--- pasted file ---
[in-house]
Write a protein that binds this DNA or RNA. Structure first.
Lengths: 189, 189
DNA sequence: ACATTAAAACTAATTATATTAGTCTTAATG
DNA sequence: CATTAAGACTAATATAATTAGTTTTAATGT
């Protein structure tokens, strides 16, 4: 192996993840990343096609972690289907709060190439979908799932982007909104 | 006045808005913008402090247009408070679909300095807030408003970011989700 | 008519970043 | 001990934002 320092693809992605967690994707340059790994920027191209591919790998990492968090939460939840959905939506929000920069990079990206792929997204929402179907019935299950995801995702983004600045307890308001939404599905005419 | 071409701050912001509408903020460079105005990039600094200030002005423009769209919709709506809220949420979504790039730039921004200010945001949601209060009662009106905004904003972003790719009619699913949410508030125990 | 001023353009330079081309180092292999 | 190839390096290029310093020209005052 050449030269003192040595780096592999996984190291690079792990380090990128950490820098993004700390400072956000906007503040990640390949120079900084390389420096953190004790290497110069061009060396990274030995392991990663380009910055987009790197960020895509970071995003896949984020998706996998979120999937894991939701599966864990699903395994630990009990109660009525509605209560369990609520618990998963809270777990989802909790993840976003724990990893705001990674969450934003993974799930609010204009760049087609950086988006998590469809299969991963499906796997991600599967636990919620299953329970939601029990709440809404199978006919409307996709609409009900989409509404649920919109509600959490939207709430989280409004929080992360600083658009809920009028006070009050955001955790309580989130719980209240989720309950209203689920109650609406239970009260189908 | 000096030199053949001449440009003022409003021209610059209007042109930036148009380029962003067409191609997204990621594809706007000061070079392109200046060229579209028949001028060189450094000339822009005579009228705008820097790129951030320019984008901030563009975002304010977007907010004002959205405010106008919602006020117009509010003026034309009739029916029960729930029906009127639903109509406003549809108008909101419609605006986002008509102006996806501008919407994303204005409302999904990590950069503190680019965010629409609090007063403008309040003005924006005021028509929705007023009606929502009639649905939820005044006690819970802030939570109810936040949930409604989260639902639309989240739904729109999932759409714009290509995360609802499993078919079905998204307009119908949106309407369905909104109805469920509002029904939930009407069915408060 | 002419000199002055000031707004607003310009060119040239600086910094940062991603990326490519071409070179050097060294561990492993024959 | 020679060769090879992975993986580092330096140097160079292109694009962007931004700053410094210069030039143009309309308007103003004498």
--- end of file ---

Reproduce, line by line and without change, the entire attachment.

[in-house]
Write a protein that binds this DNA or RNA. Structure first.
Lengths: 189, 189
DNA sequence: ACATTAAAACTAATTATATTAGTCTTAATG
DNA sequence: CATTAAGACTAATATAATTAGTTTTAATGT
């Protein structure tokens, strides 16, 4: 192996993840990343096609972690289907709060190439979908799932982007909104 | 006045808005913008402090247009408070679909300095807030408003970011989700 | 008519970043 | 001990934002 320092693809992605967690994707340059790994920027191209591919790998990492968090939460939840959905939506929000920069990079990206792929997204929402179907019935299950995801995702983004600045307890308001939404599905005419 | 071409701050912001509408903020460079105005990039600094200030002005423009769209919709709506809220949420979504790039730039921004200010945001949601209060009662009106905004904003972003790719009619699913949410508030125990 | 001023353009330079081309180092292999 | 190839390096290029310093020209005052 050449030269003192040595780096592999996984190291690079792990380090990128950490820098993004700390400072956000906007503040990640390949120079900084390389420096953190004790290497110069061009060396990274030995392991990663380009910055987009790197960020895509970071995003896949984020998706996998979120999937894991939701599966864990699903395994630990009990109660009525509605209560369990609520618990998963809270777990989802909790993840976003724990990893705001990674969450934003993974799930609010204009760049087609950086988006998590469809299969991963499906796997991600599967636990919620299953329970939601029990709440809404199978006919409307996709609409009900989409509404649920919109509600959490939207709430989280409004929080992360600083658009809920009028006070009050955001955790309580989130719980209240989720309950209203689920109650609406239970009260189908 | 000096030199053949001449440009003022409003021209610059209007042109930036148009380029962003067409191609997204990621594809706007000061070079392109200046060229579209028949001028060189450094000339822009005579009228705008820097790129951030320019984008901030563009975002304010977007907010004002959205405010106008919602006020117009509010003026034309009739029916029960729930029906009127639903109509406003549809108008909101419609605006986002008509102006996806501008919407994303204005409302999904990590950069503190680019965010629409609090007063403008309040003005924006005021028509929705007023009606929502009639649905939820005044006690819970802030939570109810936040949930409604989260639902639309989240739904729109999932759409714009290509995360609802499993078919079905998204307009119908949106309407369905909104109805469920509002029904939930009407069915408060 | 002419000199002055000031707004607003310009060119040239600086910094940062991603990326490519071409070179050097060294561990492993024959 | 020679060769090879992975993986580092330096140097160079292109694009962007931004700053410094210069030039143009309309308007103003004498």